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IT
T is a singular injustice which is often exercised:

a towards women, first to give them a very defective education, and then to expect from them the most undeviating purity of conduct ; to train them in such a manner as shall lay them open to the most dangerous faults, and then to censure them for not proving faultless. Is it not unreasonable and unjust, to express disappointment if our daughters should, in their subsequent lives, turn out precisely that very kind of character for which it would be evident to an unprejudiced by-stander that the whole scope and tenor of their instruction had been systematically preparing them ?

Some reflections on the present erroneous fyftem are here with great deference submitted to public confideration. The Author is apprehensive that she shall be accused of betraying the interests of ler les by laying open their defects : but surely, an earnest wish to turn their attention to objects calculated to promote their true dignity, is not the office of an enemy. So to expose the weakness of the land as to luggest the necessity of internal improvement, and to point out the means of effectual defence, is not treachery, but patriotism.

Again, it may be objected to this little work, that many errors are here ascribed to women which by no means belong to them exclufively, and that it feenis to confine to the sex those faults which are common to the fpecies : but this is in fome measure unavoidable. In speaking on the qualities of one sex, the moralit i somewhat in the situation of the Geographer, who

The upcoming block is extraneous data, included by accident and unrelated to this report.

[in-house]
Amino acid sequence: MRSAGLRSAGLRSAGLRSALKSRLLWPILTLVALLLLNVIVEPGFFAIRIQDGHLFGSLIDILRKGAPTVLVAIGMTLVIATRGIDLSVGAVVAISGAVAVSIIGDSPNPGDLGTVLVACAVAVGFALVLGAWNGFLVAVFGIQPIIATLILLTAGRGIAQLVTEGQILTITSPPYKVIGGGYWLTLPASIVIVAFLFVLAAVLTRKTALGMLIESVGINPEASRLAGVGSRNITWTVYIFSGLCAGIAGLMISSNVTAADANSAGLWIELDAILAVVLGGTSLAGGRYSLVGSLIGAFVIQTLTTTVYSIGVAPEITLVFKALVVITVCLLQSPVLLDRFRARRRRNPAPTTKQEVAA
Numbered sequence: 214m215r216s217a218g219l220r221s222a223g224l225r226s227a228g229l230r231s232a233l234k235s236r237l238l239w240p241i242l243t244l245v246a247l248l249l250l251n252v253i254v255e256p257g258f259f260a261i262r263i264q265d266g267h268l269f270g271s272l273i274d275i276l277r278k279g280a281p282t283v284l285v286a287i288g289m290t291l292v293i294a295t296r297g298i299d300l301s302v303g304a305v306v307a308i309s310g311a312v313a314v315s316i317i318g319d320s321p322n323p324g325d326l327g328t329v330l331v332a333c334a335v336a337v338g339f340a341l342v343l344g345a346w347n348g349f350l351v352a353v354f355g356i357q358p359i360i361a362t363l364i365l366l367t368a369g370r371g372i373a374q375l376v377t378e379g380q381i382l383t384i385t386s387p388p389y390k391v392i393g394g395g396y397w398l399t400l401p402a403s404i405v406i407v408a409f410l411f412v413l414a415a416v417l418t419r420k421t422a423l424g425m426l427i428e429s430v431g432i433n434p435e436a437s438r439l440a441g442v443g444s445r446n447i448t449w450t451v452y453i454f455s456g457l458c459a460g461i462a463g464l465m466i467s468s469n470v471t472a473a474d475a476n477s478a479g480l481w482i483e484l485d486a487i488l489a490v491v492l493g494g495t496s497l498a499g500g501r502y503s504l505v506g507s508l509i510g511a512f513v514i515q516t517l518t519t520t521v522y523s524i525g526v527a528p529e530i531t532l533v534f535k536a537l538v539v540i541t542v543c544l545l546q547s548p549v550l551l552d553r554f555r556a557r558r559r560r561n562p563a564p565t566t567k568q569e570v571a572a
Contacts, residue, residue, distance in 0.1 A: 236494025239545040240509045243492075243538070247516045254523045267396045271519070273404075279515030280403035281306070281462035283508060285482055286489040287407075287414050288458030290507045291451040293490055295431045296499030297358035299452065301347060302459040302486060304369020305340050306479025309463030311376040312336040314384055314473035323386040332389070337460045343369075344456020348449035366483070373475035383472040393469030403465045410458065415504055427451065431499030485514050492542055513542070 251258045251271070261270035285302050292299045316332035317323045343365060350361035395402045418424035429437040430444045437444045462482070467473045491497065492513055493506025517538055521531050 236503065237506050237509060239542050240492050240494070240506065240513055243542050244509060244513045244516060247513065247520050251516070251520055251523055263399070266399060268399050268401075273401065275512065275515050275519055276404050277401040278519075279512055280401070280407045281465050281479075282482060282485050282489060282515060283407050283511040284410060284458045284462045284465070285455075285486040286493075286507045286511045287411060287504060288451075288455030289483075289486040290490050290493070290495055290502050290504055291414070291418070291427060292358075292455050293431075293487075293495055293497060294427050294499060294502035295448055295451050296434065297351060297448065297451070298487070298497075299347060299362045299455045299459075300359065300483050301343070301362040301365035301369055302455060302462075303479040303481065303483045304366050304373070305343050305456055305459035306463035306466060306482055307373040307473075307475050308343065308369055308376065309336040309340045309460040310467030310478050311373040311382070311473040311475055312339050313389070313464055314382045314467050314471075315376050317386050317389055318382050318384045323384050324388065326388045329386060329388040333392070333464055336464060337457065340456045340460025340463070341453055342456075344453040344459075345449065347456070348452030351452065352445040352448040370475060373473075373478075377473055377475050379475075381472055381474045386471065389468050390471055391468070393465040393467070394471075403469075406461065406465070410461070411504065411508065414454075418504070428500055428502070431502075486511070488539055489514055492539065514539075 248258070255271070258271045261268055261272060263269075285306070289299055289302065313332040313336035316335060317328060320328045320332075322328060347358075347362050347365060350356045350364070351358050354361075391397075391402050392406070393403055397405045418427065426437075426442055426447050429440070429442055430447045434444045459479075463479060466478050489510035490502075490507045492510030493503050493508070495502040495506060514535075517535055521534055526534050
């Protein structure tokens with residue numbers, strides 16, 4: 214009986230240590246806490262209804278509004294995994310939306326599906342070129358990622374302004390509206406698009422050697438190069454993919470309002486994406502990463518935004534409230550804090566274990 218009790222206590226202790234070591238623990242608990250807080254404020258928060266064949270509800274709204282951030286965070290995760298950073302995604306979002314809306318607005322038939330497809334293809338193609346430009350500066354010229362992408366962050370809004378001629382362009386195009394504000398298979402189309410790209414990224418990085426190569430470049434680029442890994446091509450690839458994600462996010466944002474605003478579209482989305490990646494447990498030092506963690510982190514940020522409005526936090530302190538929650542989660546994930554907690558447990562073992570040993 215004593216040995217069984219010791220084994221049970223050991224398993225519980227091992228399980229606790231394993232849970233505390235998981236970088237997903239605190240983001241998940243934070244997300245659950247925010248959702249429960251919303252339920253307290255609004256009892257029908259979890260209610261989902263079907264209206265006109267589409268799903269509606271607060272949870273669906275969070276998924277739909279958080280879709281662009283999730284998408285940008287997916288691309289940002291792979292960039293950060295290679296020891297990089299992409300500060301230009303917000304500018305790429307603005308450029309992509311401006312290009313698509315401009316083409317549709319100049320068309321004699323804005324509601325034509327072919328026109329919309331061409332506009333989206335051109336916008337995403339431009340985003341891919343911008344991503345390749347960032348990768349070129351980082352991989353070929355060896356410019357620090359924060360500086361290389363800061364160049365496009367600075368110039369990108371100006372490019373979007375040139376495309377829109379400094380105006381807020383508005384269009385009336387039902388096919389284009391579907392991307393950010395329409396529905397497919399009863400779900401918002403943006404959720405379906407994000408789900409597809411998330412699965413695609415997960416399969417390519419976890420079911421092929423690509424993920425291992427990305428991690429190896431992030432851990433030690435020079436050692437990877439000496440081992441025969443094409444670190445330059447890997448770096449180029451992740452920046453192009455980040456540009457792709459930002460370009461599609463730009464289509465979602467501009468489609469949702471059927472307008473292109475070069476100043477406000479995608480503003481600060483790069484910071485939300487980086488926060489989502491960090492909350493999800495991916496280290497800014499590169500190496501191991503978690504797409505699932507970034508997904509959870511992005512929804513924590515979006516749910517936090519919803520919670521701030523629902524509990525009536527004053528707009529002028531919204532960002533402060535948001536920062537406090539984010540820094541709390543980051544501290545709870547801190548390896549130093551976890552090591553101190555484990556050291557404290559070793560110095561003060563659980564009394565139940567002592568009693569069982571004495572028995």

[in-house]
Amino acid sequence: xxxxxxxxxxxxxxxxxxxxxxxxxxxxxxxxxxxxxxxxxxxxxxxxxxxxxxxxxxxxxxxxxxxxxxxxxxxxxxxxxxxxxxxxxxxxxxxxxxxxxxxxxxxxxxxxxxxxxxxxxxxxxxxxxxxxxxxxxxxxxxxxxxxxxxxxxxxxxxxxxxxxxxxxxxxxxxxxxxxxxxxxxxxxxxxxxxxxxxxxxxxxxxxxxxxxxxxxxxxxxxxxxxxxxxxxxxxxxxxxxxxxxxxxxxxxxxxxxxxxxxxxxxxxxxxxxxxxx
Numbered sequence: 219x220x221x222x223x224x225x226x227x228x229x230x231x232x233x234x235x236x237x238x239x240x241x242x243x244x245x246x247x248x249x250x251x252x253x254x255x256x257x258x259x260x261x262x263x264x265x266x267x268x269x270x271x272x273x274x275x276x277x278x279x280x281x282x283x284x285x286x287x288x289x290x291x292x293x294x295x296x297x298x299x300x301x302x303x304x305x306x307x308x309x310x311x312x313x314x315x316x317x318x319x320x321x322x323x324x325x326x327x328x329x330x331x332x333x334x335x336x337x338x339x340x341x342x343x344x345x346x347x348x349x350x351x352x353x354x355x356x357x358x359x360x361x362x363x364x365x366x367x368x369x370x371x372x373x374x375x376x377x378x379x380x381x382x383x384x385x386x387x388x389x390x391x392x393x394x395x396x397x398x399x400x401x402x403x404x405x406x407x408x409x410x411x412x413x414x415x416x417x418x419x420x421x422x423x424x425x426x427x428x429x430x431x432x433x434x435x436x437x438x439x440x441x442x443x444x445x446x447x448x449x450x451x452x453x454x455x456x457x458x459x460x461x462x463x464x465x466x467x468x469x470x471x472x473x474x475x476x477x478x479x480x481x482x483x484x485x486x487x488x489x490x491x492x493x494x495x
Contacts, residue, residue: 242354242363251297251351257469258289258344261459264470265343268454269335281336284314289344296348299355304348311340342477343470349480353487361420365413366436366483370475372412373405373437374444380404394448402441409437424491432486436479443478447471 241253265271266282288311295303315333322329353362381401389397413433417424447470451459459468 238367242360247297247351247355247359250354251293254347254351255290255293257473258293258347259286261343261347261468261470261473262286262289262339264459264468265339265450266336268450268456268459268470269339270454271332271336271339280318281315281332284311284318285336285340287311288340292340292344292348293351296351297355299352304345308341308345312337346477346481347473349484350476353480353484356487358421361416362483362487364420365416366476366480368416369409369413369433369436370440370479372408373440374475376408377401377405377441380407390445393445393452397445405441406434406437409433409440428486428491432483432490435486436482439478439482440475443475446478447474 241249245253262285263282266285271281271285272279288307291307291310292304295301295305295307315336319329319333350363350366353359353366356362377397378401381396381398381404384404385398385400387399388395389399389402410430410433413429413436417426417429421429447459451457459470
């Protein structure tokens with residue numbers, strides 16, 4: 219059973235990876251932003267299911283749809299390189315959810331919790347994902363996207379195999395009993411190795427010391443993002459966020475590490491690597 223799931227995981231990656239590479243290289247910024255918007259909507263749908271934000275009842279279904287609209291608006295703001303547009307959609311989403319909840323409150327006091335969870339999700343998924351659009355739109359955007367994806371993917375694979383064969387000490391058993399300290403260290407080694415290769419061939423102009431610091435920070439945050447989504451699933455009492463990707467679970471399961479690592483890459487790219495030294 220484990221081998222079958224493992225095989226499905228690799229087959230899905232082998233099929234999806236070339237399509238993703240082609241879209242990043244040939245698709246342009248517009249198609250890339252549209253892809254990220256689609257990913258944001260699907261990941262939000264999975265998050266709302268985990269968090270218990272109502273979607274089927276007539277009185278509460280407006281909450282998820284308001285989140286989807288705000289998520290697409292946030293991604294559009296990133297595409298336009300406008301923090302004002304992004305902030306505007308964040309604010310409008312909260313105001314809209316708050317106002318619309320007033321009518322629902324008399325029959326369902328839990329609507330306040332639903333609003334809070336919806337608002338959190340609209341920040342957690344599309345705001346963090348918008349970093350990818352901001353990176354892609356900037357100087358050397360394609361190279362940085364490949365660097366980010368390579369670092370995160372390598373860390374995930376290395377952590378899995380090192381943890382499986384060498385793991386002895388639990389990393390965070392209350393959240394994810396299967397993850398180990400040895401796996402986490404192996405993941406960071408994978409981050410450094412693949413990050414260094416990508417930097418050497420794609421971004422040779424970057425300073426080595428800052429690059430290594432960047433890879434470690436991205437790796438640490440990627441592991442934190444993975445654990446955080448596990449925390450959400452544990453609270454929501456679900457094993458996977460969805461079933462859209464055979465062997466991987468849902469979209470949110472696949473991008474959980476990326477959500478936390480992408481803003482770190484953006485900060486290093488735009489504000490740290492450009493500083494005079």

wonien.

treating on the nature of one country :-the air, foil, and produce of the land which he is describing, cannot fail in many essential points to refemble those of other countries under the same parallel ; yet it is his bufiness to descant on the one without adverting to the oth:r; and though in drawing his map he may happen to introduce some of the neighbouring coast, yet his principal attention must be confined to that country which he proposes to describe, without taking into account the resembling circumstances of the adjacent Shores.

It may be also objected that the opinion here suggested on the state of manners among the higher clafles of our country-women, may seem to controvert the just encomiums of modern travellers, who generaliy concur in afcribing a decided fuperiority to the las dies of this country over those of every other. But such is, in general, the state of foreign manners, that the comparative praise is almolt an injury to Engliste

To be flattered for excelling those whole standard of excellence is very low, is but a degrading kind of commendation į for the value of all praise de rived from superiority, depends on the worth of the competitor. The character of British ladies, with all the unparalleled advantages they poffefs, must never be determined by a comparison with the women of other nations, but by comparing them with what they themselves might be, if all their talents and unrivalled opportunities were turned to the best account.

Again, it may be said, that the Author is lefs difpored to expatiate on excellence than error : but the office of the historian of human manners is delineation rather than panegyric. Were the end in view eulogium and not improvement, eulogium would have been far more gratifying, nor would just objects for praise have been difficult to find. Even in her own limited fphere of observation, the Author is acquainted with much excellence in the class of which the treats ;mm with women who, pofleffing learning which would be thought extensive in the other fex, set an example of

mility to their own ;- women who, diftin.

it and genius, are eminent for domestic

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qualities ;mwho, excelling in the fine arts, have carefully enriched their understandings ;- who, enjoying great affluence, devote it to the glory of God ; -who,

poffe fing elevated rank, think their noblest style and . title is that of a Christian.

That there is also much worth which is little known,